Khamsin is bereaved. Eli Lobel, editor and founder of our journal, has died tragically on Thursday, October 4th 1979.
The life-story of this outstanding revolutionary socialist and great internationalist is, in more than one way, the story of a whole generation, the tragedies and noble struggles of a whole epoch.
Born in Berlin in 1926 to a family of Polish-Jewish refugees, Eli spent his early childhood in the Germany of the late Weimar Republic and the early years of Nazi power. Then the family was forced to flee back to Poland. But Poland too was unsafe; and in 1939, just in the nick of time, the family managed to leave for Palestine. There Eli soon joined the left-zionist youth movement Hashomer Hatza’ir, and in 1946 was one of the founders of kibbutz Nirim in the northern Negev.
A few years later, he went to Paris as a journalist for the daily paper ‘Al Hamishmar, organ of MAPAM, the political party of Hashomer Hatza’ir. There, in Paris, he studied statistics and economics; one of his teachers was the socialist economist Charles Bettelheim. There too the seeds of his political radicalisation had germinated.
Hashomer Hatza’ir – like all left-wing zionists – was a living contradiction: it claimed to combine zionism with marxism. Throughout the history of that movement there were always individuals and small groups within it who took marxism more seriously than the left-zionist leaders had intended, and who resolved the contradiction by jettisoning zionism. Just as, in the years immediately after the Russian Revolution, it was dissidents from the older left-zionist Po’alei Zion who founded the Palestinian Communist Party and helped to spread marxism in the Arab East, so from the 1930s onwards the revolutionary marxist movement – in Europe and Latin America as well as in Palestine and later in Israel – was drawing to itself a continual if small stream of dissidents from Hashomer Hatza’ir. (One of the most notable figures among them was Abram Leon, author of the brilliant marxist analysis of the Jewish Question, who was murdered by the Nazis in 1944).
Back in Israel, Eli joined the left opposition inside MAPAM. In 1953 the opposition was expelled from that party and formed itself into the Socialist Left Party which developed in an anti-zionist direction. Like other adherents of this new party, Eli was expelled from his kibbutz, Nirim.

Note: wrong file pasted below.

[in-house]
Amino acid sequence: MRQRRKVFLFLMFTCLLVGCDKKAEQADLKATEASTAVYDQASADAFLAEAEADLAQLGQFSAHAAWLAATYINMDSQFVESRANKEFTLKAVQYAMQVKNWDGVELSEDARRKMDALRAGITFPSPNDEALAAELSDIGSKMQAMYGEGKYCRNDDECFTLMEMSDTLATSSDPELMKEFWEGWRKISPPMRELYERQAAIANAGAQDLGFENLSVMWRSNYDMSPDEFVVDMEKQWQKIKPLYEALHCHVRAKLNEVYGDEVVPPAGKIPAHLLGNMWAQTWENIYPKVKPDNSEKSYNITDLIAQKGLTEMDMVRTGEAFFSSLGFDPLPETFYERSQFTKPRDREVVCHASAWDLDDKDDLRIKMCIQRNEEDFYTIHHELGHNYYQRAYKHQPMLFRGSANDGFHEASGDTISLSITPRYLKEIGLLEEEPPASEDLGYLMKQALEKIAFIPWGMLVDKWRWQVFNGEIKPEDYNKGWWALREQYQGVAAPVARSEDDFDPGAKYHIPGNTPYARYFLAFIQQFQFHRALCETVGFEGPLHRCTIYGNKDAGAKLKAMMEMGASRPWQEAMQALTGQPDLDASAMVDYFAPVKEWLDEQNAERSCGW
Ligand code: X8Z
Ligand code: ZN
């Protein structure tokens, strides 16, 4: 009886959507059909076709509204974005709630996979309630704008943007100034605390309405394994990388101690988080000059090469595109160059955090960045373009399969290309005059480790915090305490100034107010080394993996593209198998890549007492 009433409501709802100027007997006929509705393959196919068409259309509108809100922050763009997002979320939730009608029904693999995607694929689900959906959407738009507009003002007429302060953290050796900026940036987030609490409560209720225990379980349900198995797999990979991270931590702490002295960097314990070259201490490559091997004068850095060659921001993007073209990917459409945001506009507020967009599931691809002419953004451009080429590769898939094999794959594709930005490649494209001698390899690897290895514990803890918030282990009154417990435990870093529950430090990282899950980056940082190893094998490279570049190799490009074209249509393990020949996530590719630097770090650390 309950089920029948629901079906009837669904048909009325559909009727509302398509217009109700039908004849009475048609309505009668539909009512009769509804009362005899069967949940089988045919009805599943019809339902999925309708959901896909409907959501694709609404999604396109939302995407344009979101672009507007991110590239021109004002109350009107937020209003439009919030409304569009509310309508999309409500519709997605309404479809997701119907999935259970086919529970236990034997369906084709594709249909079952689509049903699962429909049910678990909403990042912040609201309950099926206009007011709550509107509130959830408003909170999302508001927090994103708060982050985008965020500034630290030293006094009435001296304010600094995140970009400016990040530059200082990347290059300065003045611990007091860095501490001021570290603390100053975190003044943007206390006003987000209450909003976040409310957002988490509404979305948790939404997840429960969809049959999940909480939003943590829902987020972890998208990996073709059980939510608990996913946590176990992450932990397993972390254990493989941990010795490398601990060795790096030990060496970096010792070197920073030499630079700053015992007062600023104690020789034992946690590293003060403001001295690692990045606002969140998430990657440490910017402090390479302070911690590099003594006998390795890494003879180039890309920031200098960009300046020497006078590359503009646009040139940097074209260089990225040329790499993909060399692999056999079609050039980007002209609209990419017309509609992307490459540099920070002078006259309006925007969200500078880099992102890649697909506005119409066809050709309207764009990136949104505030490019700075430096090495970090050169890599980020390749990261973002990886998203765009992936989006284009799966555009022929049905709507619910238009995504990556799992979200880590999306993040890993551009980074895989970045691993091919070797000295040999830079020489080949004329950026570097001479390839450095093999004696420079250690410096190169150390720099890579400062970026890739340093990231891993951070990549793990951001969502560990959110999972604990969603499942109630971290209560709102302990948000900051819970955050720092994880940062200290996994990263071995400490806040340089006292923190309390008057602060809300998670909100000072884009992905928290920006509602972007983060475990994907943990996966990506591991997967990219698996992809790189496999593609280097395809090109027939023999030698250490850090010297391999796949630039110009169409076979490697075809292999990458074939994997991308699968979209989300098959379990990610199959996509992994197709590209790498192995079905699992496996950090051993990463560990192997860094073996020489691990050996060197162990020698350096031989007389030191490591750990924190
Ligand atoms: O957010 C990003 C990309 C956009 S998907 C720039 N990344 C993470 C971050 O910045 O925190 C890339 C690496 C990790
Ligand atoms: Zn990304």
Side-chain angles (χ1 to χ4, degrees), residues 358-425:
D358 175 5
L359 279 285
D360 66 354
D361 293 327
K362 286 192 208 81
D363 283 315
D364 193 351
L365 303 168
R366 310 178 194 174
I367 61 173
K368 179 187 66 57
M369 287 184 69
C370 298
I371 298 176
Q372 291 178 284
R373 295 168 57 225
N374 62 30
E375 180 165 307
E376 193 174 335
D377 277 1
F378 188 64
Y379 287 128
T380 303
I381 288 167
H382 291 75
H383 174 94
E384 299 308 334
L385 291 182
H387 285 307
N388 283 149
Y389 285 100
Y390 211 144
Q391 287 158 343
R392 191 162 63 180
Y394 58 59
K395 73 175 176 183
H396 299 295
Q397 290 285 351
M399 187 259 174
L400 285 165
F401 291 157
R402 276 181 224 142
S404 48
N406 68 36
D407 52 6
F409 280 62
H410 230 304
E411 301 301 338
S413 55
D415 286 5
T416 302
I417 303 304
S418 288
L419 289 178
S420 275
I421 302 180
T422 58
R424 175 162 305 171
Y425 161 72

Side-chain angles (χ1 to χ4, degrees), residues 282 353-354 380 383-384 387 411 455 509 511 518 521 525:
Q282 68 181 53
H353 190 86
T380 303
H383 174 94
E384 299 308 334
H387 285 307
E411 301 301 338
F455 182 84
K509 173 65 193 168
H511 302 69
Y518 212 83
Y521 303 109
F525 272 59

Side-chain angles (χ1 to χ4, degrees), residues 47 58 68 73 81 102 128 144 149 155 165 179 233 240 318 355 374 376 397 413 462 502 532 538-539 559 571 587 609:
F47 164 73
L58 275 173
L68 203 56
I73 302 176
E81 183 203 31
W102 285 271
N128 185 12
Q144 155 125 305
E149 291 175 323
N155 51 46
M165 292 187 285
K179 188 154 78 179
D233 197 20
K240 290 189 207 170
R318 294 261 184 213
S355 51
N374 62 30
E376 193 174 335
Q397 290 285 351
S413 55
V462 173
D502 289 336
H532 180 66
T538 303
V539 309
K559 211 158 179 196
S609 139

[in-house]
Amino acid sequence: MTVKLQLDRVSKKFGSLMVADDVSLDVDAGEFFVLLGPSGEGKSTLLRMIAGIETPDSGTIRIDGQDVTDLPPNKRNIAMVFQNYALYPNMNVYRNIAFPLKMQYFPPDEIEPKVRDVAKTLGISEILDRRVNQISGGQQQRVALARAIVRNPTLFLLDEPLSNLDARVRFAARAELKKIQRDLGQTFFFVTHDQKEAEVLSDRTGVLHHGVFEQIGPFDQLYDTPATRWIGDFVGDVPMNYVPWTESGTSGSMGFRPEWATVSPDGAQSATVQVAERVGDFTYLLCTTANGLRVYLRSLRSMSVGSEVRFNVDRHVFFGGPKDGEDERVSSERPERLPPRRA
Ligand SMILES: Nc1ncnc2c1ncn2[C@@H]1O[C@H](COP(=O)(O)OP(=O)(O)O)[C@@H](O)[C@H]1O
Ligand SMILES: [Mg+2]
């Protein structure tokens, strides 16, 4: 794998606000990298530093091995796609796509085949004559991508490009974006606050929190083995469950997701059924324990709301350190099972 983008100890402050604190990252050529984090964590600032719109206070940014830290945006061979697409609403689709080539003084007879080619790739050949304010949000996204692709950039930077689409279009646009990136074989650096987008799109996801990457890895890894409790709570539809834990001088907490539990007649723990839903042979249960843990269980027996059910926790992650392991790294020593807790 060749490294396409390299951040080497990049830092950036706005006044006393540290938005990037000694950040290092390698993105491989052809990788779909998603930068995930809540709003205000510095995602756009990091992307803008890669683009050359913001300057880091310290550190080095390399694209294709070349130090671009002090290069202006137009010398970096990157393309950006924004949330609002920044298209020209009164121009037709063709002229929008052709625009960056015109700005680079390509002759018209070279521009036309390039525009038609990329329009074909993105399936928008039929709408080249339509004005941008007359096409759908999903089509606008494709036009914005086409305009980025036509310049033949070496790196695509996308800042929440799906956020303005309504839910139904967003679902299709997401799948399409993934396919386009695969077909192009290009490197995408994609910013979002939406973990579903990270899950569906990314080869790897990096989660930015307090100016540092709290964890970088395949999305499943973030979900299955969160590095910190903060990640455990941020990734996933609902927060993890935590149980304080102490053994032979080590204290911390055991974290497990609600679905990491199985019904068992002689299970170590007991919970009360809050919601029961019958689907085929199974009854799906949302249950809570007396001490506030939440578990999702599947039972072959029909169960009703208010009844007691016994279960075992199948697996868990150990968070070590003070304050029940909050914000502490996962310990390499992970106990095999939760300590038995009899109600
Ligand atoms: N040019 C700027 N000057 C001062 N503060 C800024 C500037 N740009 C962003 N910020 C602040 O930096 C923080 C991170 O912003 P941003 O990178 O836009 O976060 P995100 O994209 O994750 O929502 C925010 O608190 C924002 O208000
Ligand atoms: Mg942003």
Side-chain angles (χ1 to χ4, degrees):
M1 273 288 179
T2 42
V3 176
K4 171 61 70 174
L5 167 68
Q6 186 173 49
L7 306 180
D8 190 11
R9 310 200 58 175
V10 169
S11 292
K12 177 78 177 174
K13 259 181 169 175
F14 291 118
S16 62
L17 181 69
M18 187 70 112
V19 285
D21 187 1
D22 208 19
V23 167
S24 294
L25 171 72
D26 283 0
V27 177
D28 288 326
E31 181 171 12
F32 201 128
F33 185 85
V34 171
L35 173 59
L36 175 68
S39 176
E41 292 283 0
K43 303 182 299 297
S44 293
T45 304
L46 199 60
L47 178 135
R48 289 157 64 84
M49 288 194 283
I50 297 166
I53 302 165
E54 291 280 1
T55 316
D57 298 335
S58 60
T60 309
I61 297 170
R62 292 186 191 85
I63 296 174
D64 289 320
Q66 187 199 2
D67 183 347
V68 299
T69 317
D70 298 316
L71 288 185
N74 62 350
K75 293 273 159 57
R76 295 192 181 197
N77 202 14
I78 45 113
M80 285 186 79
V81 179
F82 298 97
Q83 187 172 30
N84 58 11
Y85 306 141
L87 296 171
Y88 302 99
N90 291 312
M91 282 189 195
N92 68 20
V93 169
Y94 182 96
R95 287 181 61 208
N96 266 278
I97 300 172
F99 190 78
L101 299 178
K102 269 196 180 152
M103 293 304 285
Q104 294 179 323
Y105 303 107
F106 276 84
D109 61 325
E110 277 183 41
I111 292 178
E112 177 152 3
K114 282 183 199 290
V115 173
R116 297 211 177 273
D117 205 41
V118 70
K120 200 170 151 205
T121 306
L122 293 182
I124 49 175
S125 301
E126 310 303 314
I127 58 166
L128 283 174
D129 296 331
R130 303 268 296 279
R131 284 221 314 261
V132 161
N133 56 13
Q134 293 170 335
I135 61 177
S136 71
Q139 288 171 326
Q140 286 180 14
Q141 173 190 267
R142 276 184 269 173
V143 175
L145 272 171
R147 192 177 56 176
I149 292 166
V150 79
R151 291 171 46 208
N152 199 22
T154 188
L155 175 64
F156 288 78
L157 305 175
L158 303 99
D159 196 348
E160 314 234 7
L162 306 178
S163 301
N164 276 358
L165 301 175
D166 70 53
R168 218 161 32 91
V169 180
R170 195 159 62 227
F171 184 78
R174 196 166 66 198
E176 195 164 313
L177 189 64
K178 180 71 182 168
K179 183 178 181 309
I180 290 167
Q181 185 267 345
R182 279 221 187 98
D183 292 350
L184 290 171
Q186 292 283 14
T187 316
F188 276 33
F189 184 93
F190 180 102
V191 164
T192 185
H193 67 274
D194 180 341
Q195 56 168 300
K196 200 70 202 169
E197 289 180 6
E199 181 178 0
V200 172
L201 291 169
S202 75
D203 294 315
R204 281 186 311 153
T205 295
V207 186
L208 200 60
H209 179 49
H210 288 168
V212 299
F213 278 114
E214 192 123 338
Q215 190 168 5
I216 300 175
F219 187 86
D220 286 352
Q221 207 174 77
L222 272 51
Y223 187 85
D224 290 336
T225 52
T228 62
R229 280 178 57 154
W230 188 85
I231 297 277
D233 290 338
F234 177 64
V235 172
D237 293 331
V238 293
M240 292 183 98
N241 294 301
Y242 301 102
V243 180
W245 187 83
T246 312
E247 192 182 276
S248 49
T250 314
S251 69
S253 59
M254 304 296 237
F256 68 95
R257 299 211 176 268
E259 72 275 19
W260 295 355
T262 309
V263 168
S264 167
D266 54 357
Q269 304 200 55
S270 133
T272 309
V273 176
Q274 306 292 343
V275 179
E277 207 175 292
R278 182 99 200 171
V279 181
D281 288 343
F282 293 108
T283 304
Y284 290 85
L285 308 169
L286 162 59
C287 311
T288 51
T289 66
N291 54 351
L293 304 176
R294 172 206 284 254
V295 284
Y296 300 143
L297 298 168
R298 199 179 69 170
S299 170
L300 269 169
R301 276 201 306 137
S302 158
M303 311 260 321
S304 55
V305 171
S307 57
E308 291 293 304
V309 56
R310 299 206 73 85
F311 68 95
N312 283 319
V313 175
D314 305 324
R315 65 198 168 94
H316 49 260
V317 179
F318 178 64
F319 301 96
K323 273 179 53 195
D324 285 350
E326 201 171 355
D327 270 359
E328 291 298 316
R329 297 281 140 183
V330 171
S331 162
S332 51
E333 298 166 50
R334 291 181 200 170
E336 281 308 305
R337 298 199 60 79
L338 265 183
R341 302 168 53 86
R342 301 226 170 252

At the end of 1954 the Socialist Left Party joined the Israeli CP. Eli would most probably had done the same, but by that time he had left Israel again: at the invitation of Charles Bettelheim he joined a team of economists in India (including Bettelheim himself and Joan Robinson) who were working on that country’s problems of under-development. From then on, Eli was passionately involved in the economic and social problems of the third world and eventually became an authority in his own right on the economics of colonialism and under-development.
Returning to Paris, he devoted much of his energy to work in support of the Algerian revolution of national liberation. As a result of this activity, it was necessary for him to leave France, and he joined a team of economic advisers in Mali, which, under Modibo Keita was then one of the more progressive states of black Africa. In Mali Eli fulfilled tasks of great responsibility and represented that country at the World Bank. During all this time he kept up his interest in Israeli politics and established contacts with the Socialist Organisation in Israel (Matzpen) which had been formed in 1962.
After a brief stay back in France, Eli left for Cuba as a member of a team of left-wing economic experts. Not long after his return from Cuba, the Paris events of May 1968 broke out. Eli was passionately involved in these events, which marked the happiest period of his life. At the same time, as a member of Matzpen, he developed an intensive activity in France (as well as in other countries) against zionism and in support of the rights of the Palestinian people. It is in large measure due to his internationalist activity as a speaker, journalist and writer that the revolutionary left in France and in many other countries has been able to understand the true nature of zionism and adopt a revolutionary socialist attitude towards the problems of the Middle East.
Eli was profoundly committed to the struggle against zionism. But he was not a simplistic anti-zionist: he did not reject zionism merely to exchange it for support for some other nationalism, no matter how ‘progressive’, but in order to transcend all nationalism in the struggle for a united socialist Middle East and a socialist world. In particular, while being wholely committed to supporting the struggle of the Palestinian people against social and national oppression and for emancipation and self-determination, he was highly critical of, and deeply grieved by, recent regressive developments within the Palestinian movement.
His great and fruitful political activity is widely known to the revolutionary left in many countries. But his personal friends and close comrades also knew his purity of heart, his noble simplicity. Socialism for him was not a mere abstraction or an alienated ‘purely political’ activity. It was a deeply felt moral commitment of a man who hated all privilege and oppression and identified with the deprived and oppressed.
With his death, the socialist movement in the Middle East and elsewhere has lost an outstanding torch-bearer, and we who knew him have lost a dear and beloved comrade. His memory will illuminate our struggle for the ideals in which he believed.